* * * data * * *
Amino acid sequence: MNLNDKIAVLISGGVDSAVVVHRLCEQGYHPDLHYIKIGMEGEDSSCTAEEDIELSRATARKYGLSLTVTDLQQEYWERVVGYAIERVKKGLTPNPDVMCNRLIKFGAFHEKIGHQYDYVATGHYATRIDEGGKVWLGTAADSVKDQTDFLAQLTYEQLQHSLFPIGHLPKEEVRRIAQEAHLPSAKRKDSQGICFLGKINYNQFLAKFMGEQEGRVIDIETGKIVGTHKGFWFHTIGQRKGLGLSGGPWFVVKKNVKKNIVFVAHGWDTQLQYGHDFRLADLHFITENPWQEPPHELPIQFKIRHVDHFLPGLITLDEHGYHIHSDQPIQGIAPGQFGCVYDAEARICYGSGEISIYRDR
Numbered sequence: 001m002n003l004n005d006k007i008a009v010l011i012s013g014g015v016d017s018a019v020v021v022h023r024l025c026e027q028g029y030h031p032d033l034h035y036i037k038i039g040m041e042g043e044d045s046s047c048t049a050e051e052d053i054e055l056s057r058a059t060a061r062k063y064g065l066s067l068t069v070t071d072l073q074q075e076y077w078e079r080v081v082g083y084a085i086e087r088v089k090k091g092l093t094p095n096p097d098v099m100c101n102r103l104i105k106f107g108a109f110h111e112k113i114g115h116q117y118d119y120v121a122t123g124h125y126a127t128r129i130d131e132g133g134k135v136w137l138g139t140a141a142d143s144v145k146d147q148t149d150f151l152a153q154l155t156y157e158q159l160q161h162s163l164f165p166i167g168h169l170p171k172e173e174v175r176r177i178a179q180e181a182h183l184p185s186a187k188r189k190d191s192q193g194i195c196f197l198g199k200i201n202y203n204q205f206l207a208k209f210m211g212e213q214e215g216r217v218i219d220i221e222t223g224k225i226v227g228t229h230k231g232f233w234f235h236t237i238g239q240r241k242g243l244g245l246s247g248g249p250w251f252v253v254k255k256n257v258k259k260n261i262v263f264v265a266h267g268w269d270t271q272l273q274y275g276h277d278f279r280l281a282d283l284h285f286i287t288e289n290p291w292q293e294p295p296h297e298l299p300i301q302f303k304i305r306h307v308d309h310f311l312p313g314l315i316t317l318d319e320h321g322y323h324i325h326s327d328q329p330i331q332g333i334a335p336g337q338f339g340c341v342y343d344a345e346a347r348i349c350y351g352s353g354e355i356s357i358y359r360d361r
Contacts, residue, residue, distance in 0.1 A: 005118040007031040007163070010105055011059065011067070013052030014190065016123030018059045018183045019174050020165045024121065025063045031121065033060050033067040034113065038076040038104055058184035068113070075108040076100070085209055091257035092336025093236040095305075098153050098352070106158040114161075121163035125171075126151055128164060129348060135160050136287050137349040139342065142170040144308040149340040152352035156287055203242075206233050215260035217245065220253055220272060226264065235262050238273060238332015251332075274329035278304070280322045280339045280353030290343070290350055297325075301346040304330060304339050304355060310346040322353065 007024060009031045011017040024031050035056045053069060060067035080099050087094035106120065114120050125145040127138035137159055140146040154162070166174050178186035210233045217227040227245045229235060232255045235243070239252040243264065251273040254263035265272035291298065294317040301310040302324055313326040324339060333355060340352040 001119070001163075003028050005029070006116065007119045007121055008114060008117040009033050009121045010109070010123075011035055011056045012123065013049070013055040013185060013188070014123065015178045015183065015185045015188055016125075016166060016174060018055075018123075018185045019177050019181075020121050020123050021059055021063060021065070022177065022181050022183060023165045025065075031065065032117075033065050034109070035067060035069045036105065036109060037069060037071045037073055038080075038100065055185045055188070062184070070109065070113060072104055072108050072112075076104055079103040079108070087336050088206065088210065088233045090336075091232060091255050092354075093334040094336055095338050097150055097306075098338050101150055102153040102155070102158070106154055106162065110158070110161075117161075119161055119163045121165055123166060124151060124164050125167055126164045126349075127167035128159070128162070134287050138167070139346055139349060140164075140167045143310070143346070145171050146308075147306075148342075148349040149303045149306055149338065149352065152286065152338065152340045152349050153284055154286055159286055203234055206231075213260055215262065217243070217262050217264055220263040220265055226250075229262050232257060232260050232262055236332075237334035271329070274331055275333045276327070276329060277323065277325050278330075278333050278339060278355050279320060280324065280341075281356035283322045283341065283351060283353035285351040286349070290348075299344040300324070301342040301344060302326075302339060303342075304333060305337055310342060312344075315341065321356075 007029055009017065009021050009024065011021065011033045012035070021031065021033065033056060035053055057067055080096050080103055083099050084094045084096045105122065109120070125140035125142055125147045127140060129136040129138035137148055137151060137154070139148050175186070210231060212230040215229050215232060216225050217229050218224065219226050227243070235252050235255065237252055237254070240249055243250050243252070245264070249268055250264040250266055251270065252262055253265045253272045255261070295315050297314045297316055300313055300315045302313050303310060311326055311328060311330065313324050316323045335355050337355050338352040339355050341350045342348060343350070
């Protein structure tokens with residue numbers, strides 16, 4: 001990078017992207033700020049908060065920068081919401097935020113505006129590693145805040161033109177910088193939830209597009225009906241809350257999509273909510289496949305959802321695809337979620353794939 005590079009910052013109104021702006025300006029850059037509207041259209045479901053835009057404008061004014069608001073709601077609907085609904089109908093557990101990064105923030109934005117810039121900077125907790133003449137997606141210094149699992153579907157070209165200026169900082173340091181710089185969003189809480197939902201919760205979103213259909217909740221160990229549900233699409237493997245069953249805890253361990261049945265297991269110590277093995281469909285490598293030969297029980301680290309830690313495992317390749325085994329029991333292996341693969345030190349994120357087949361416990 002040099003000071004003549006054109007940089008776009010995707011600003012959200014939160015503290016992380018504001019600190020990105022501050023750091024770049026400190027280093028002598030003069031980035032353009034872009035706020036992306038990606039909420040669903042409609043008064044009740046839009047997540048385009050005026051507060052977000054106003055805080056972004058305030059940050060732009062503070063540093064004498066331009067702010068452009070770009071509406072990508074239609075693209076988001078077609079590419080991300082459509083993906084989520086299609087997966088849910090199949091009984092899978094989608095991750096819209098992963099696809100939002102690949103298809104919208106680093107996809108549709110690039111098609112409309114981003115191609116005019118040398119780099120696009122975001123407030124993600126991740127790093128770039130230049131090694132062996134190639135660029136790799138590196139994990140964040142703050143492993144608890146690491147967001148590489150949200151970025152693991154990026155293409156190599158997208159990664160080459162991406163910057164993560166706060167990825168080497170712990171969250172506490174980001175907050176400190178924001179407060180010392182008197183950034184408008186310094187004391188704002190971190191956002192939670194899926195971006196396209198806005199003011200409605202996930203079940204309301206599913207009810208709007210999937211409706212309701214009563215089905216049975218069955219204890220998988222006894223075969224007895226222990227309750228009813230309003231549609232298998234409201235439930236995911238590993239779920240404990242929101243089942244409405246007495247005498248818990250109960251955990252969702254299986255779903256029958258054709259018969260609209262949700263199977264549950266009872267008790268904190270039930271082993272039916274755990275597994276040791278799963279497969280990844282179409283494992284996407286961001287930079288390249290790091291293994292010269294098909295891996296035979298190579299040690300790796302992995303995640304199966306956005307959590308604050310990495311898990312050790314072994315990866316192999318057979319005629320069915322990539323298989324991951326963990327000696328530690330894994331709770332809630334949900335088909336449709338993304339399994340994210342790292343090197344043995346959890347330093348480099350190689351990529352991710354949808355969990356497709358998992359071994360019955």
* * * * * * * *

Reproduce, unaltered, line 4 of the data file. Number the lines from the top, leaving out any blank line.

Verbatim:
């Protein structure tokens with residue numbers, strides 16, 4: 001990078017992207033700020049908060065920068081919401097935020113505006129590693145805040161033109177910088193939830209597009225009906241809350257999509273909510289496949305959802321695809337979620353794939 005590079009910052013109104021702006025300006029850059037509207041259209045479901053835009057404008061004014069608001073709601077609907085609904089109908093557990101990064105923030109934005117810039121900077125907790133003449137997606141210094149699992153579907157070209165200026169900082173340091181710089185969003189809480197939902201919760205979103213259909217909740221160990229549900233699409237493997245069953249805890253361990261049945265297991269110590277093995281469909285490598293030969297029980301680290309830690313495992317390749325085994329029991333292996341693969345030190349994120357087949361416990 002040099003000071004003549006054109007940089008776009010995707011600003012959200014939160015503290016992380018504001019600190020990105022501050023750091024770049026400190027280093028002598030003069031980035032353009034872009035706020036992306038990606039909420040669903042409609043008064044009740046839009047997540048385009050005026051507060052977000054106003055805080056972004058305030059940050060732009062503070063540093064004498066331009067702010068452009070770009071509406072990508074239609075693209076988001078077609079590419080991300082459509083993906084989520086299609087997966088849910090199949091009984092899978094989608095991750096819209098992963099696809100939002102690949103298809104919208106680093107996809108549709110690039111098609112409309114981003115191609116005019118040398119780099120696009122975001123407030124993600126991740127790093128770039130230049131090694132062996134190639135660029136790799138590196139994990140964040142703050143492993144608890146690491147967001148590489150949200151970025152693991154990026155293409156190599158997208159990664160080459162991406163910057164993560166706060167990825168080497170712990171969250172506490174980001175907050176400190178924001179407060180010392182008197183950034184408008186310094187004391188704002190971190191956002192939670194899926195971006196396209198806005199003011200409605202996930203079940204309301206599913207009810208709007210999937211409706212309701214009563215089905216049975218069955219204890220998988222006894223075969224007895226222990227309750228009813230309003231549609232298998234409201235439930236995911238590993239779920240404990242929101243089942244409405246007495247005498248818990250109960251955990252969702254299986255779903256029958258054709259018969260609209262949700263199977264549950266009872267008790268904190270039930271082993272039916274755990275597994276040791278799963279497969280990844282179409283494992284996407286961001287930079288390249290790091291293994292010269294098909295891996296035979298190579299040690300790796302992995303995640304199966306956005307959590308604050310990495311898990312050790314072994315990866316192999318057979319005629320069915322990539323298989324991951326963990327000696328530690330894994331709770332809630334949900335088909336449709338993304339399994340994210342790292343090197344043995346959890347330093348480099350190689351990529352991710354949808355969990356497709358998992359071994360019955």